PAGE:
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Part 2 | The Making of Global Capitalism: an interview with Sam Gindin

(This is the second part of a 2-part interview with Sam. You can see the first part here.)

Just before the historic 2012 US presidential election, Rishi Awatramani interviewed long-time labor activist and scholar Sam Gindin to find out what his new book, The Making of Global Capitalism, authored with frequent collaborator Leo Panitch, has to say to social movement activists about the intimate relationship between global capitalism and the US state, and the possibilities for social movements to transform capitalism.

Some highlights from the interview:

0:28: People need finance…[When the crisis hit] people began to figure out ”I get my check through my bank; My pension depends on the stock market and finance.” … So we don’t have the luxury of saying “well, screw them! Let them go – I don’t have to go under.” The point is, we’re dependent on them. That has strong political implications …We have to actually make them [banks] into a public utility…. And in fact, if we begin to talk about what we’d like to do in the economy, what other options there are, we keep coming back to: you have to control the banks. Otherwise, they don’t like what you do, they won’t lend you money, they’ll leave the country, they’ll screw up the economy.”
7:21: Business is sitting there with tons of money. …Its got tons of money and it isn’t investing. It doesn’t need more money…Its not investing because its not confident that things are going to change in the economy. The only thing that really will change is massive stimulus, massive stimulus that’s direct, massive stimulus in infrastructure.
12:50: I think at this point, the way we should think about a lot of our demands are: They’re demands that we’re making but we recognize that we don’t have the power to win them, so they are actually demands for organizing. We cannot win taking over the financial system right now, but raising it and getting people to understand why it’s a necessary thing is part of building the capacity to do it.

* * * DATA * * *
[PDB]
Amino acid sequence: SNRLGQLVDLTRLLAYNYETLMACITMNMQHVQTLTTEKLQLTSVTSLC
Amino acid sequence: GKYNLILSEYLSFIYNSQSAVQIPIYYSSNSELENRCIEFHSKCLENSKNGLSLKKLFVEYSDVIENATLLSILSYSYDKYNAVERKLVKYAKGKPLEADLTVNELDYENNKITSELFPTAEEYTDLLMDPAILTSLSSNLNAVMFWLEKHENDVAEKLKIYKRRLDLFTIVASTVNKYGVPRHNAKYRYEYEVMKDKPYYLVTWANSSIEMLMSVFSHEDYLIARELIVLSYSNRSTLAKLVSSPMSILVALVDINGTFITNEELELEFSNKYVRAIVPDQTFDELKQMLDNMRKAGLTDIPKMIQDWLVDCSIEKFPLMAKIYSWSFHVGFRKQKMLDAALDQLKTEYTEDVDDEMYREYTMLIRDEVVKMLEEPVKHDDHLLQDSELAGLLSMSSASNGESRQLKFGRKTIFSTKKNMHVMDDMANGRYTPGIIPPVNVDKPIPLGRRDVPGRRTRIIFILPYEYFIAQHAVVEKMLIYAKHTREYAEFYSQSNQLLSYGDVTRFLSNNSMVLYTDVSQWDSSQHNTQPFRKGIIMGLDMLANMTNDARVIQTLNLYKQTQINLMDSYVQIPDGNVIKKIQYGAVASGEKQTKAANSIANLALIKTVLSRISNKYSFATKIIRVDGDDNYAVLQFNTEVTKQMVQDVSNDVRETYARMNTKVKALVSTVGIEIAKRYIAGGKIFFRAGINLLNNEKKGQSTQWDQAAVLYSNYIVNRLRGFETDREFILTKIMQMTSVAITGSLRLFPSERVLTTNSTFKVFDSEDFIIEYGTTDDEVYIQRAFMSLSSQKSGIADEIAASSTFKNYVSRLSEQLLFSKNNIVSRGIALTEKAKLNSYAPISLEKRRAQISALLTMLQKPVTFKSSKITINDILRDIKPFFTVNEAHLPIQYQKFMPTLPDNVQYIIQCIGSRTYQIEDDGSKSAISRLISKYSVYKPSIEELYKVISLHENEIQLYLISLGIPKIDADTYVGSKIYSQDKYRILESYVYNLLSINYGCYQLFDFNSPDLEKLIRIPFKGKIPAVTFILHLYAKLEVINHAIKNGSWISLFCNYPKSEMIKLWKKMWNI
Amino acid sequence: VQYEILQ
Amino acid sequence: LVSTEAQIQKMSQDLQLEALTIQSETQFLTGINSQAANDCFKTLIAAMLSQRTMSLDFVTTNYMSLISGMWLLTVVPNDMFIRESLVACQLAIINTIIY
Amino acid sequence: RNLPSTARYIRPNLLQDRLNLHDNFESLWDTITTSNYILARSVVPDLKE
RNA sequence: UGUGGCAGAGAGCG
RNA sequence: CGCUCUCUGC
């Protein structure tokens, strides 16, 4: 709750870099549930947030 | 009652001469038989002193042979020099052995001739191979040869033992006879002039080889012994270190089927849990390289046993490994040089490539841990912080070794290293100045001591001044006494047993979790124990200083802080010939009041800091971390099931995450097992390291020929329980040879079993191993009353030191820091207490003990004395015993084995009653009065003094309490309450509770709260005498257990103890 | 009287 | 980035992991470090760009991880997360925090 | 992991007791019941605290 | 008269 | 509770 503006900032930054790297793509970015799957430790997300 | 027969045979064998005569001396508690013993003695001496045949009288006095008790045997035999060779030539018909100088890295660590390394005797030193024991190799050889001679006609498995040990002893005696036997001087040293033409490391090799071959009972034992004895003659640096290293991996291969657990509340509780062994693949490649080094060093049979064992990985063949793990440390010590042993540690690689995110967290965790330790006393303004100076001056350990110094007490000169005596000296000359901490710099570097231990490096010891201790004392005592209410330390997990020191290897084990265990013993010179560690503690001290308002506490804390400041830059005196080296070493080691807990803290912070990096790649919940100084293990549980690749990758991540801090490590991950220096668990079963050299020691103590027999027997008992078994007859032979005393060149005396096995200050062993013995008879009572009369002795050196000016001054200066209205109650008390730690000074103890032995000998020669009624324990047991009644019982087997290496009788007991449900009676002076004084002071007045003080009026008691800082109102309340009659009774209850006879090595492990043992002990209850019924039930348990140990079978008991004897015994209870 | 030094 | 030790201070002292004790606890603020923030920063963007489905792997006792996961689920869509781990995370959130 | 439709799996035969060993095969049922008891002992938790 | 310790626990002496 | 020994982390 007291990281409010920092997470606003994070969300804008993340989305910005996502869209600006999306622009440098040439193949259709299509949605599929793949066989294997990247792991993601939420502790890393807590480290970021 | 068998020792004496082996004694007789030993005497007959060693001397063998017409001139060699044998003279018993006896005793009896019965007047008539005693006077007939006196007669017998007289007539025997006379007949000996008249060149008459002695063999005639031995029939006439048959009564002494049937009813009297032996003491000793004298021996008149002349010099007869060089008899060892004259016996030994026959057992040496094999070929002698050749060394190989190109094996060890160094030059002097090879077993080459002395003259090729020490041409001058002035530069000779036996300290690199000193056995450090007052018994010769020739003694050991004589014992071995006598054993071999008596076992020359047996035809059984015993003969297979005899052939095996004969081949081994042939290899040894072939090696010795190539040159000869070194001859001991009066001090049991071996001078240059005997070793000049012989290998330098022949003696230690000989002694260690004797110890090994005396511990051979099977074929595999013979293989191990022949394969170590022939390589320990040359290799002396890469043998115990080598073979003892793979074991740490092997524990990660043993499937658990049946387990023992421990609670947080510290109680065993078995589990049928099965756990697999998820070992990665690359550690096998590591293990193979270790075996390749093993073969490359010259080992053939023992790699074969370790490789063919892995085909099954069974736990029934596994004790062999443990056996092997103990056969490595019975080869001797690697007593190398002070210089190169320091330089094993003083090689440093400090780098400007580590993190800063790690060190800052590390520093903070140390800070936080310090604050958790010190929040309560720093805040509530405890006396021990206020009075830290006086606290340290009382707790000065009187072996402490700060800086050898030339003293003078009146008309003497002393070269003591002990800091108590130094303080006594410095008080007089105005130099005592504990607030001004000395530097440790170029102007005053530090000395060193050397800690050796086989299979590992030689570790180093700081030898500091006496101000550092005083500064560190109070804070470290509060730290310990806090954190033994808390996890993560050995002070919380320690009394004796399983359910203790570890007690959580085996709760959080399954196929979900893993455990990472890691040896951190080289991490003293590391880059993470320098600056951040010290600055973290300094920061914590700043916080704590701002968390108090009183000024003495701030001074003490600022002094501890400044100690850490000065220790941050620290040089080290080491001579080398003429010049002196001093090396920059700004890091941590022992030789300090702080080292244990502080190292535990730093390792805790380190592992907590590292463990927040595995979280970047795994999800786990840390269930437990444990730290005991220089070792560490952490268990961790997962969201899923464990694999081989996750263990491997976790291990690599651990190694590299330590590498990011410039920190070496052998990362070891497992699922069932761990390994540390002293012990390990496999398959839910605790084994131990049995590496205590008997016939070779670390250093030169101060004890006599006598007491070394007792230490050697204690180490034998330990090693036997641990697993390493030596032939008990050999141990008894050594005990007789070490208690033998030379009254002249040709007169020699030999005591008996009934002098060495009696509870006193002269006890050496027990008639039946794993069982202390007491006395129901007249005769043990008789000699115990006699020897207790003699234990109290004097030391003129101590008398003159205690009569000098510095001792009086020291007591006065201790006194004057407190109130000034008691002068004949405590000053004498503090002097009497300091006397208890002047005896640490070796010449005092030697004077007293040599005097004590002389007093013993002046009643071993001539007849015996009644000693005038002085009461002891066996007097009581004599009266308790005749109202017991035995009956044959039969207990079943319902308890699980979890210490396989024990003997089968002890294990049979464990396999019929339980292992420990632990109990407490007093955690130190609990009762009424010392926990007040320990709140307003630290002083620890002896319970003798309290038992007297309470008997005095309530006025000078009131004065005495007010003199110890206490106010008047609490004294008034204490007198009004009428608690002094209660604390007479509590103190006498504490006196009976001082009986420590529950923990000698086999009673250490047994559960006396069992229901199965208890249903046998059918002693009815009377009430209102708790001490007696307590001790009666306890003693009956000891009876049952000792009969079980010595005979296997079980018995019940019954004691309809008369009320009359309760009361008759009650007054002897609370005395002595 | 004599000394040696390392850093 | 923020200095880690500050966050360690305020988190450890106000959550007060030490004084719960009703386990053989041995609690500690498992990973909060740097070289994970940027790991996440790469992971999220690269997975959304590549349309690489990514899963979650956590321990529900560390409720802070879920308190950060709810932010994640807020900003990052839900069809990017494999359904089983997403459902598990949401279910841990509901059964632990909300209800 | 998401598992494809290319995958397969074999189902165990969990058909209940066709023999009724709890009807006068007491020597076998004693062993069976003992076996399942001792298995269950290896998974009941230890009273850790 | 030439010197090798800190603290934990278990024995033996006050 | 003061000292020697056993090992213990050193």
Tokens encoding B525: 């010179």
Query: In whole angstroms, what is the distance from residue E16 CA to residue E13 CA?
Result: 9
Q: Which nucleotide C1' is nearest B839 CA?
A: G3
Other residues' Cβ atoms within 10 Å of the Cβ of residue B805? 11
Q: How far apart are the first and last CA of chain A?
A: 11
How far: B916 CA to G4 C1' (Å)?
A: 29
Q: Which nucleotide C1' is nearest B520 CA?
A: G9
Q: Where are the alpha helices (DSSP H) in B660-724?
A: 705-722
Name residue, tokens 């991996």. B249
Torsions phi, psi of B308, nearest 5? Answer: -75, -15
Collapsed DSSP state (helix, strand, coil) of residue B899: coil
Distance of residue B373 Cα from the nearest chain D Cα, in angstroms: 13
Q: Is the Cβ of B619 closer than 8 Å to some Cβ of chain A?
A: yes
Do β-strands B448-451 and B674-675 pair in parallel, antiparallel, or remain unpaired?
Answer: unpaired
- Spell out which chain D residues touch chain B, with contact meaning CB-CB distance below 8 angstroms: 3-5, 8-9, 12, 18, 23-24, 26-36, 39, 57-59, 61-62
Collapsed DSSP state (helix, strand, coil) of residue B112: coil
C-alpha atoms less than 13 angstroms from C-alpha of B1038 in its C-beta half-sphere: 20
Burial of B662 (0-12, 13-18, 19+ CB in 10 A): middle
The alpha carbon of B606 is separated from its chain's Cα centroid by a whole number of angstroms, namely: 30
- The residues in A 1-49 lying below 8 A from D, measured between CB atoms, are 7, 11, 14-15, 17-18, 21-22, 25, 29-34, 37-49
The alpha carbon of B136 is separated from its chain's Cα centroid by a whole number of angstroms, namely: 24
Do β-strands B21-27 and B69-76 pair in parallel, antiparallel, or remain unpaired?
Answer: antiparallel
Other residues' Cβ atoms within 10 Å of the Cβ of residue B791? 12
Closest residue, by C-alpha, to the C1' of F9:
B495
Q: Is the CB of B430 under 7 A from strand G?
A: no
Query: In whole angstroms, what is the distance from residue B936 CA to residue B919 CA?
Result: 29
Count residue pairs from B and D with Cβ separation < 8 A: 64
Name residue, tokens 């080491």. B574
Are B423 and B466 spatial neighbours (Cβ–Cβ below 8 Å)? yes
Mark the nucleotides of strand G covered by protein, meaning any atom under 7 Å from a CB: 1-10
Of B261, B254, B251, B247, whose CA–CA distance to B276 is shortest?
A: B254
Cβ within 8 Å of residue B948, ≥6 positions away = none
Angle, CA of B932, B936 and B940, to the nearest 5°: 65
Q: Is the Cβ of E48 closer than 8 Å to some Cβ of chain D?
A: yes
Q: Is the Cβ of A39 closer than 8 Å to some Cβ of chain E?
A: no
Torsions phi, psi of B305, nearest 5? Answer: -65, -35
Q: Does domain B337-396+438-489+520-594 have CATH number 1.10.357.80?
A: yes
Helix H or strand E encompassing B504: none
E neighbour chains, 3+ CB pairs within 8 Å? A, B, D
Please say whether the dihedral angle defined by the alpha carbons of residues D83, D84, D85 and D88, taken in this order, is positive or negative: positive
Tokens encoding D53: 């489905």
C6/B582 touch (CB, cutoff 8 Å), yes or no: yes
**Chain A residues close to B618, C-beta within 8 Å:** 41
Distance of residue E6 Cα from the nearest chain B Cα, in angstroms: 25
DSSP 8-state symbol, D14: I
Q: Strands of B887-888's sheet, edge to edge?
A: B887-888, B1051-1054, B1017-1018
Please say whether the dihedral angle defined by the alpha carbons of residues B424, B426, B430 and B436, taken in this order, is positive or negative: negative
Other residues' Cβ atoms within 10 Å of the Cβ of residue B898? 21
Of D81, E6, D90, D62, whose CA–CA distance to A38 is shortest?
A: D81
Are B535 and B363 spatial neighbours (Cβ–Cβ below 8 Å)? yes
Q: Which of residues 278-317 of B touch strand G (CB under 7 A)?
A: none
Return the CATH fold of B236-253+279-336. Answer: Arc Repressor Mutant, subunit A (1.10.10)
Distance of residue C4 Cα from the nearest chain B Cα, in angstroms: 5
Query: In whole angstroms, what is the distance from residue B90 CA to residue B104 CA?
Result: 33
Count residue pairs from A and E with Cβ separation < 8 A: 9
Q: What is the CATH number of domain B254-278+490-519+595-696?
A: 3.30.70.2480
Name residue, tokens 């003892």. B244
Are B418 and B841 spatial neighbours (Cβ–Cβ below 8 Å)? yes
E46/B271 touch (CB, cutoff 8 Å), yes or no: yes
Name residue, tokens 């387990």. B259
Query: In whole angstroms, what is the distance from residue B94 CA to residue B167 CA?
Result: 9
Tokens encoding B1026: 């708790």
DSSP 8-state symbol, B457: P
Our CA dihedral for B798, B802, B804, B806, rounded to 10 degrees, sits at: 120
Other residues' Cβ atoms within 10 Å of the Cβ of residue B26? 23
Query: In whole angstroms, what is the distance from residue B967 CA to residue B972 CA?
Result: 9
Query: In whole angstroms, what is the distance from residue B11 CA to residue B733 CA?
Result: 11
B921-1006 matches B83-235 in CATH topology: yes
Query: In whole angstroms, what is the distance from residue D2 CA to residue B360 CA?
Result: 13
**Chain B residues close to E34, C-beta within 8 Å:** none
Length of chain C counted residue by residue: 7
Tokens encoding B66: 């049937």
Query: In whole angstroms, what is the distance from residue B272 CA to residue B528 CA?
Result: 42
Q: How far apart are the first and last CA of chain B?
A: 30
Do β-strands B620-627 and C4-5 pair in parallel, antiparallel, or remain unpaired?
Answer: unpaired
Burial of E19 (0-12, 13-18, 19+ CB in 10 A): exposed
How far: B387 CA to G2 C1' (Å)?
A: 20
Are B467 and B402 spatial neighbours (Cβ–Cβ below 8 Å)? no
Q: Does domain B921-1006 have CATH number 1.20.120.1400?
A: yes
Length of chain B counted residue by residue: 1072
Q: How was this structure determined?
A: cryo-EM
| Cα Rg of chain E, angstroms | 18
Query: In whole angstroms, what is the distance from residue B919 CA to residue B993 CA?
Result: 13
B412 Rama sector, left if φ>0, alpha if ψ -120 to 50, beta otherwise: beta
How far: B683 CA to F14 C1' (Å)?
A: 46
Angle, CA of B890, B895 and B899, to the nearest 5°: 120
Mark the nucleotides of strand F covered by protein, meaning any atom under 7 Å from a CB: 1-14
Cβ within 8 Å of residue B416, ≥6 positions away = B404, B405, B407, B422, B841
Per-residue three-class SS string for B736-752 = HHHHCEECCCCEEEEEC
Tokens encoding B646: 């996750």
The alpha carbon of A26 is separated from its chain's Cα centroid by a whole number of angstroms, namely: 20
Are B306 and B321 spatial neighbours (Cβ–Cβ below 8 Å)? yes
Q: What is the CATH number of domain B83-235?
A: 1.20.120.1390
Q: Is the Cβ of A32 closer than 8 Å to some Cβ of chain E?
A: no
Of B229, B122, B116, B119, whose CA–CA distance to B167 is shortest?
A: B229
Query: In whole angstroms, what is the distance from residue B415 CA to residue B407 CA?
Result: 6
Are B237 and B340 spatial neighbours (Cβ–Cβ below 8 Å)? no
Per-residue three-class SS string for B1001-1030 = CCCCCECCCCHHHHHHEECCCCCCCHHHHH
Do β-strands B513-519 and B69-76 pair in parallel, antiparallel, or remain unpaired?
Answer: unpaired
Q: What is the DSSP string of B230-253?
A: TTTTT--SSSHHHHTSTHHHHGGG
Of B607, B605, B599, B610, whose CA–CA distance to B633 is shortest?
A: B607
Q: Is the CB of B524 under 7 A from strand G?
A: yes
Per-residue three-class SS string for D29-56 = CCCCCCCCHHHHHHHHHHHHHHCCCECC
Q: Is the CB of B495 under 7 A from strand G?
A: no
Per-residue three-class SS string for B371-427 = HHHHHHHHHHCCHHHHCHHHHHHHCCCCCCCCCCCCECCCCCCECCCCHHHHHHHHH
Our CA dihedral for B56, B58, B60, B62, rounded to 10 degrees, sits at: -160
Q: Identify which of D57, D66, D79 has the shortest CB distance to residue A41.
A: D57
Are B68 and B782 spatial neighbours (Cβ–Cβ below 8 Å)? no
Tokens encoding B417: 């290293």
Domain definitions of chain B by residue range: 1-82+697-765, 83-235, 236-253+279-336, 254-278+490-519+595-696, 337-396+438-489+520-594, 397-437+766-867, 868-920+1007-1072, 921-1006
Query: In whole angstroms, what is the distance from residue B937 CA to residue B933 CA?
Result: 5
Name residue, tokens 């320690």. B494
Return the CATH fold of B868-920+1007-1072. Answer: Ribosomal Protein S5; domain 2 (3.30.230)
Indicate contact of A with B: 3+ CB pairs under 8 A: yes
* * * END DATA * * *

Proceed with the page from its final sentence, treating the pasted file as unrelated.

13:22: I think our demands we have to think about: What kinds of demands help build capacities for future change? For example, one of the things we have to think about is conversion in the private sector. …If you want to go beyond the crisis we have to change power. …In the auto industry, we have hundreds of plants closed in North America. These are all plants that can make things. What they’re robbing us of is our productive potential. ... Instead of saying, “let’s save General Motors,” we should have said, “let’s save the productive capacity.” Instead of asking “how do we become more competitive again by lowering our wages?” we should have said, “how do we develop a plant that is not based on profit but instead based on solidarity and social use?” And that would have led us to start talking about planning instead of competition, and social use instead of profits. And it would led us to think about, “why don’t we convert this to deal with the environment?”
15:29: Public sector unions have to see themselves as leaders in a defense of social services and public services. If they don’t do that, they’re going to get killed, because they cannot go in and bargain with the state and win. The only way they can mobilize the public is if they get the public on their side, and that isn’t going to happen through billboards, and PR, and convention documents. They’re going to have to prove it. And the only way you can prove it is to do things like, go into bargaining, and say … “We’re not asking for anything. We want that social service expanded. That’s our demand, we’re ready to strike over a social service.” Then you can mobilize the community, and then you can position yourself differently, and then you’re beginning to develop a class perspective.
19:01: To me the main criticism of capitalism is that its fundamentally undemocratic because some people control the labor power of others, and when they’re controlling that, what they are controlling is your creativity as a person, and your ability to develop as a person.


About Sam Gindin

Gindin spent most of his working life as the research director and then Assistant to the President of the Canadian Auto Workers. In 2000, Gindin retired from the CAW, and joined the faculty of York University, where he continues to teach. Amongst his many written works, he is a frequent contributor to Canadian Dimension, The Bullet, Alternatives, and other journals. In addition, Gindin has published In and Out of Crisis: The Global Financial Meltdown and Left Alternatives (with Leo Panitch and Greg Albo), and a biography of the CAW entitled, The Canadian Auto Workers: Birth and Transformation of a Union. Sam is the Packer Chair in Social Justice at York University.

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